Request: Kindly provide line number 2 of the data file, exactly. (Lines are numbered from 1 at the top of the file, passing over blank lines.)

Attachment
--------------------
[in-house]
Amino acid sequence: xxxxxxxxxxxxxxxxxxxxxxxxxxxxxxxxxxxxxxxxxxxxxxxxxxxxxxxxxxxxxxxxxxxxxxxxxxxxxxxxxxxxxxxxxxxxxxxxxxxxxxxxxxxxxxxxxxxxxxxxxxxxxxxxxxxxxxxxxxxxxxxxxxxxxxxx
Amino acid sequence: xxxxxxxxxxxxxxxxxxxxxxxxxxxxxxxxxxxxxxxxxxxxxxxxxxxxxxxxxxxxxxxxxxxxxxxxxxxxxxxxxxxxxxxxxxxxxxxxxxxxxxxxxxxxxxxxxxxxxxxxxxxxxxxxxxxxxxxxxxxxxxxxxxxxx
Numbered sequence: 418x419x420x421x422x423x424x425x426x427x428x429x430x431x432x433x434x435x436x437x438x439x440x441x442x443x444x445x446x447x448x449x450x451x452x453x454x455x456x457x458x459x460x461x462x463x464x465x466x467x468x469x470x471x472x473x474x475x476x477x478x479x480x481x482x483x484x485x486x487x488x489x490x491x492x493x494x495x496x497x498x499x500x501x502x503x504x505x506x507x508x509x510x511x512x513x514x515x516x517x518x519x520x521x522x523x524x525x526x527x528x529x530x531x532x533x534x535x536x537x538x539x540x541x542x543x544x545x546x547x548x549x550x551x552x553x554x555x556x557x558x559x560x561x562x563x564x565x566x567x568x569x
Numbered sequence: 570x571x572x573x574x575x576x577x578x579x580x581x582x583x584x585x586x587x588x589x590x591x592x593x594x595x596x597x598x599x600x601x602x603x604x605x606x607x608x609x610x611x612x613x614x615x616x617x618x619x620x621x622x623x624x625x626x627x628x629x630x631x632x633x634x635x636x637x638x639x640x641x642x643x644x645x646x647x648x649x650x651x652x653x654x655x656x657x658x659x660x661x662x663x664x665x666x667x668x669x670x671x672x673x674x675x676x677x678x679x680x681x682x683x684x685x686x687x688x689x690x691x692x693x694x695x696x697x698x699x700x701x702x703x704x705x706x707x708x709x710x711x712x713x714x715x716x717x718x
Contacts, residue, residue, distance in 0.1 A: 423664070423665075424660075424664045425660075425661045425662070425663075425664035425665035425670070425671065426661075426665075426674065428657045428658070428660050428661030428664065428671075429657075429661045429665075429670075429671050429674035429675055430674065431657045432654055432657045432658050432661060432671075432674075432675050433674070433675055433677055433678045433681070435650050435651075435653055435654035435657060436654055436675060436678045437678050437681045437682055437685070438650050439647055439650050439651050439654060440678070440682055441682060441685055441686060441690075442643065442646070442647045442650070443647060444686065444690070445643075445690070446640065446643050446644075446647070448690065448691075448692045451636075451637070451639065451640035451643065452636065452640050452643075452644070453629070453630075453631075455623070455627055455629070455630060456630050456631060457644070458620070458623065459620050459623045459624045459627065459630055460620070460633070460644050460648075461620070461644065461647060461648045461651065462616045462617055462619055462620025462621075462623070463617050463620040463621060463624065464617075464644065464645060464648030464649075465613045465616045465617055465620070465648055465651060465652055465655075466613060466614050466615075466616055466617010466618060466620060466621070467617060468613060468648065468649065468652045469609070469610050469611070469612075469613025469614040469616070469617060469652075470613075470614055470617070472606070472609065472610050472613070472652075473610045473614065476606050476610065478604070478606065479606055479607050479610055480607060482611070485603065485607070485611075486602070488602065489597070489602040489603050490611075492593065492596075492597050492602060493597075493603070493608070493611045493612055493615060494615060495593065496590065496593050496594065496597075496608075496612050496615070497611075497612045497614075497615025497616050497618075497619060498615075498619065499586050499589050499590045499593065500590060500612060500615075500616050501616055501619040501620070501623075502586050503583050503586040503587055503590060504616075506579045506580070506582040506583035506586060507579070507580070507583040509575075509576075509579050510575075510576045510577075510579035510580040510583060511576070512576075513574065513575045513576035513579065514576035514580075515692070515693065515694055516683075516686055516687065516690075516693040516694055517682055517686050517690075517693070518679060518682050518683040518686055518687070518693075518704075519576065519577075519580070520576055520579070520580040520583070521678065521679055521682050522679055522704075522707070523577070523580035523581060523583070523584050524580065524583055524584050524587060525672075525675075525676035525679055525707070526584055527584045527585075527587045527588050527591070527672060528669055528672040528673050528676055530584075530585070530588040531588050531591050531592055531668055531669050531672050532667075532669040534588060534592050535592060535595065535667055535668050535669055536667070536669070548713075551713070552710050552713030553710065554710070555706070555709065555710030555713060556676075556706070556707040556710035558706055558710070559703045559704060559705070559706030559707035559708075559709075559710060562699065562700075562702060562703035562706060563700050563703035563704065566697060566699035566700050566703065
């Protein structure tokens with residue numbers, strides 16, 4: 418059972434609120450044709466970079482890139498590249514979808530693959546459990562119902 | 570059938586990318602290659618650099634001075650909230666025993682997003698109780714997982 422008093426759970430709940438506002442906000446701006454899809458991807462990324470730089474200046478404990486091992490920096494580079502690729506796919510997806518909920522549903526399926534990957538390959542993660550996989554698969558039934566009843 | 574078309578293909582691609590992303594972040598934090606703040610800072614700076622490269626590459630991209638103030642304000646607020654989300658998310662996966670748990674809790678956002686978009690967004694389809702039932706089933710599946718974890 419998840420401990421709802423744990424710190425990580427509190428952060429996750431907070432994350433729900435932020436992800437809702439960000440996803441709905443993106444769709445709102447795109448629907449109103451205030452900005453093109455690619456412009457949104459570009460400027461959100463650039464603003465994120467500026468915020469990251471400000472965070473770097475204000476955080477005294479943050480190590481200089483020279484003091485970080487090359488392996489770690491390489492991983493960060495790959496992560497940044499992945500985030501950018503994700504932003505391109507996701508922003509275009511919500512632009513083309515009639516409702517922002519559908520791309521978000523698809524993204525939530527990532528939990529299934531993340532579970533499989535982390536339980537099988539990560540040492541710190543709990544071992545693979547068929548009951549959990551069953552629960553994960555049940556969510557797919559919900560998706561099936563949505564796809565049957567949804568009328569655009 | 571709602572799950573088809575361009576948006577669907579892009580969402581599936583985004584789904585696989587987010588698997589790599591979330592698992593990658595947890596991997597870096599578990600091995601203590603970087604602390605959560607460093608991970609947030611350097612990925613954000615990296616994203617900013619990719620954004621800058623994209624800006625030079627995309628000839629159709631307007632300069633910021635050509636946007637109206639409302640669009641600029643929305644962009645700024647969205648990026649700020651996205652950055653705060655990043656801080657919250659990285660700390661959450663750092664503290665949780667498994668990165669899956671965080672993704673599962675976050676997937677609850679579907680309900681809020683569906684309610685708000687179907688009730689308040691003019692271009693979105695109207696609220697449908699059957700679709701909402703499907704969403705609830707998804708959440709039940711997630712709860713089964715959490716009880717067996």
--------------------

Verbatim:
Amino acid sequence: xxxxxxxxxxxxxxxxxxxxxxxxxxxxxxxxxxxxxxxxxxxxxxxxxxxxxxxxxxxxxxxxxxxxxxxxxxxxxxxxxxxxxxxxxxxxxxxxxxxxxxxxxxxxxxxxxxxxxxxxxxxxxxxxxxxxxxxxxxxxxxxxxxxxxxxx